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Comparison of Eastern and Western Landscape Art

Eastern, specifically Chinese and Japanese, and western art cultures significantly differ, portraying the world differently through paintings. While Western artists depict the world from a central viewpoint and focus on the most important objects in a scene, Chinese artists in their paintings primarily focus on background detail. Such comparison will be demonstrated through analysis of late 15th century Zhong Li painting “Scholar viewing a waterfall” and Giorgione’s “The Adoration of the Shepherds.” The essay will compare these two paintings in terms of different perceptions of space, artists’ different attitudes, and the depiction of people in landscape art.

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The landscape depiction in Eastern and Western cultures is radically different due to contrasting nature and values. The first noticeable detail in comparing Zhong Li’s and Giorgione’s work is their perception of space in art, representing typical trends of both cultures. Unlike Western painters who attempted to capture an exact depiction of a visual world, Chinese painters do not seem to have a definition of space as an observable geometrical object used to organize space and create specific spatial relationships (Bao et al).

Such difference can be seen in the paintings, where Giorgione depicts an accurate perspective of distance. He accurately depicts the distance and keeps realistic measures in his art. Geometric perspective was added to maintain the illusion of three-dimensionality by using a single-point or symmetric perspective. Thus, western painters sought to create an exact image of what they see or believe to see (Bao et al). On the contrary, Li’s art is spacious, not following the rules of geometry. Compared to Western painters, Chinese artists have used particular methods of stressing spatial details. Aside from the traditional vertical arrangement of spatial details, of which “Scholar viewing a waterfall” is a prominent example, a common way of implying distance was using a perspective.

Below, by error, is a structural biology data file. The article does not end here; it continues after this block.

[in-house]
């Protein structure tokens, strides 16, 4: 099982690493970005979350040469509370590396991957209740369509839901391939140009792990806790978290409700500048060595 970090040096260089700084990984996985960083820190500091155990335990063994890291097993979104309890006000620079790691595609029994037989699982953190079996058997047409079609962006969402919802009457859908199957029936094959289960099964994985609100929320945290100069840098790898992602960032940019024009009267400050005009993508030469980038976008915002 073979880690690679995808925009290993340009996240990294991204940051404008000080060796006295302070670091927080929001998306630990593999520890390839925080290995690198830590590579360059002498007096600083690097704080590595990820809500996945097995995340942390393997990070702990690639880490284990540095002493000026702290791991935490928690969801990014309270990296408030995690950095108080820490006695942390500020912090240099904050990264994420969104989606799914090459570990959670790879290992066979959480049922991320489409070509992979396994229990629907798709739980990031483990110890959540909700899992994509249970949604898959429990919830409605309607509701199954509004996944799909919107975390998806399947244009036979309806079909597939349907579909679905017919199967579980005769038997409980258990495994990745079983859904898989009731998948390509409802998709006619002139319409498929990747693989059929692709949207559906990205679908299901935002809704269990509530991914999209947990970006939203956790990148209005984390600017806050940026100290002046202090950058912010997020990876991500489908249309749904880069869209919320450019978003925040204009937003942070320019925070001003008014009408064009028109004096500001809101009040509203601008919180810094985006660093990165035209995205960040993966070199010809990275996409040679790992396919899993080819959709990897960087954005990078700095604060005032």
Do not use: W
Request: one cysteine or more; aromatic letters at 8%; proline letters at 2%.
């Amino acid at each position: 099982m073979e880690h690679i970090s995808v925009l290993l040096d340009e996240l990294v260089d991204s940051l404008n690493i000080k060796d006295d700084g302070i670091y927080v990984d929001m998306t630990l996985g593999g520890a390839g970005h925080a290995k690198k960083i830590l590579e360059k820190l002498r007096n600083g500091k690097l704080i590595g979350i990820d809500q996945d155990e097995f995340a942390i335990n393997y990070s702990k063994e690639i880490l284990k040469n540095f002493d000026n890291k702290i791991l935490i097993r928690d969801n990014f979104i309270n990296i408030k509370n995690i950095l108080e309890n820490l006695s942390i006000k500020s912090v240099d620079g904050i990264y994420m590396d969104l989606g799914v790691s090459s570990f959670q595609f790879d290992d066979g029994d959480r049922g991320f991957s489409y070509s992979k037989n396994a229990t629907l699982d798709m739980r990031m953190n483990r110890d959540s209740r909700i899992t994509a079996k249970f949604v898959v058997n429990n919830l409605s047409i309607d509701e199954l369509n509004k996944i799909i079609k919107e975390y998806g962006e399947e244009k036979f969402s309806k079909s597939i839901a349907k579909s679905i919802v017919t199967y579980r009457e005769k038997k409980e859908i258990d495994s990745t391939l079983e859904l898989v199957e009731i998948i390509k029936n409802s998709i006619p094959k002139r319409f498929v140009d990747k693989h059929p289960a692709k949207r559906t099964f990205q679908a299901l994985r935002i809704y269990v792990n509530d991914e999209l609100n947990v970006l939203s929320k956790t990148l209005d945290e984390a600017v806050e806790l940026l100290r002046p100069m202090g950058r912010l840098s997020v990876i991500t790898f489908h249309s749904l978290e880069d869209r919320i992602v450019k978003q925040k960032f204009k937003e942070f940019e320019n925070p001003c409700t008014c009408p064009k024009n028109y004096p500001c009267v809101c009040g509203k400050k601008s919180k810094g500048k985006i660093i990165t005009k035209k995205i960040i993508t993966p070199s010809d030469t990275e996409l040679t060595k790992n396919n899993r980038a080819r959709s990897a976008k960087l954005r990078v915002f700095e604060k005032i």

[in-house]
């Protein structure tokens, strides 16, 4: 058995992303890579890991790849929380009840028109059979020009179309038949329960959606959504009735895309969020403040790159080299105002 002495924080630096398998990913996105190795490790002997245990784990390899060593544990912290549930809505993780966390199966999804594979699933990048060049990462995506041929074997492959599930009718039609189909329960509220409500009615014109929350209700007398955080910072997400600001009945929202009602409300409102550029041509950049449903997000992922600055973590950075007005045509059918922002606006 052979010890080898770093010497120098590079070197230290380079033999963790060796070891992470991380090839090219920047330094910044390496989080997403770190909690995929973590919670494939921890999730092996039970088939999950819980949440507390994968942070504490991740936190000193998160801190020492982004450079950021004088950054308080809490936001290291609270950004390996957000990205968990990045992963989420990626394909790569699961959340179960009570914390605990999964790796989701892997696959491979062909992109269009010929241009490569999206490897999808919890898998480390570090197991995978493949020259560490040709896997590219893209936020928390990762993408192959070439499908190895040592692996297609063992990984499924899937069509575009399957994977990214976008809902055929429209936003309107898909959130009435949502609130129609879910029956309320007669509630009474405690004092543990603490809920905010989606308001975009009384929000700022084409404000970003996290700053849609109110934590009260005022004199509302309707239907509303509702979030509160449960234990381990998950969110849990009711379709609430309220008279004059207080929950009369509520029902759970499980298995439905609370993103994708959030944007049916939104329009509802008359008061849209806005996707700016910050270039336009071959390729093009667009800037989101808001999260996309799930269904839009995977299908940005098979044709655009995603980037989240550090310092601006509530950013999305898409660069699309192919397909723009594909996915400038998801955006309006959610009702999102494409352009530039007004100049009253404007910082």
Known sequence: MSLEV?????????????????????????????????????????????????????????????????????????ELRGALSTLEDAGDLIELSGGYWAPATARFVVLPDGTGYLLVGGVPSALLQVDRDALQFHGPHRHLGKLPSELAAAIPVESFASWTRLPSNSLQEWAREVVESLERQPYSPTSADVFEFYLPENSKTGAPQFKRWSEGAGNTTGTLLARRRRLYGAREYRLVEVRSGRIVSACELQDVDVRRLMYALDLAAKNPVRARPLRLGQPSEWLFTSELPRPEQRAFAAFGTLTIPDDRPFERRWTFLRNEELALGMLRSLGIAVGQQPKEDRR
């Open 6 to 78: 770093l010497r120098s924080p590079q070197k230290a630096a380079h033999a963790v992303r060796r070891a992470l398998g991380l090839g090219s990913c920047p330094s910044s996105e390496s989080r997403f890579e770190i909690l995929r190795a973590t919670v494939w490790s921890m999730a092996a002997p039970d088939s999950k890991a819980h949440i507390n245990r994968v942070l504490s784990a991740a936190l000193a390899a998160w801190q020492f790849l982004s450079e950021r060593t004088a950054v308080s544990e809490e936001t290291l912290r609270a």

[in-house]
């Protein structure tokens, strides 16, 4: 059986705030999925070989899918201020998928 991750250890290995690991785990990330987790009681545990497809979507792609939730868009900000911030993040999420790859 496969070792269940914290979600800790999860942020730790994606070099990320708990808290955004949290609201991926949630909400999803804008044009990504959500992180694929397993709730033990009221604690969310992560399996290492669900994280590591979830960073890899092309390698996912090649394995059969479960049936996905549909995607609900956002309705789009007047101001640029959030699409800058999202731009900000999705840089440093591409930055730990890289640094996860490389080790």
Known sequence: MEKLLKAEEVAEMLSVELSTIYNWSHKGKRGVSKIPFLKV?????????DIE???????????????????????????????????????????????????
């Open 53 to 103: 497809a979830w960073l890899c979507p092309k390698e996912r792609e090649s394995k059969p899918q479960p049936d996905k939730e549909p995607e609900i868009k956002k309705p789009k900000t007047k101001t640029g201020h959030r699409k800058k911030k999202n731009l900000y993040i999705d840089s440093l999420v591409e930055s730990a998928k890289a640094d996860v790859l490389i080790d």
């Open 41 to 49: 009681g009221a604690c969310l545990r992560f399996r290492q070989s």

Such difference may be connected to the Eastern people’s relation to nature, which is the next point. Eastern art demonstrates a complex framework for human interactions with nature, prominently depicted on the “Scholar viewing a waterfall.” The central dynamics show a strong bond between the painting figure and the setting. The harmony of a Scholar with nature is symbolized by his seated figure on the garden terrace, leaning back just like the lord of his realm to watch the powerful forces of nature as they conduct a special performance for him alone.

People depicted in “The Adoration of the Shepherds” are separated from nature and act as a distinct part of the painting. On the right, the painting’s main scene is set in front of a dark cave. Such a focused approach to people stands out compared to Eastern art, where the landscape is a secondary scene. The decision to put the kneeling shepherd pilgrims in the center of the painting creates genuine dramatic tension. The parents, child, and pilgrim form an anchored rectangle that serves as a counterpoint to the left’s receding landscape.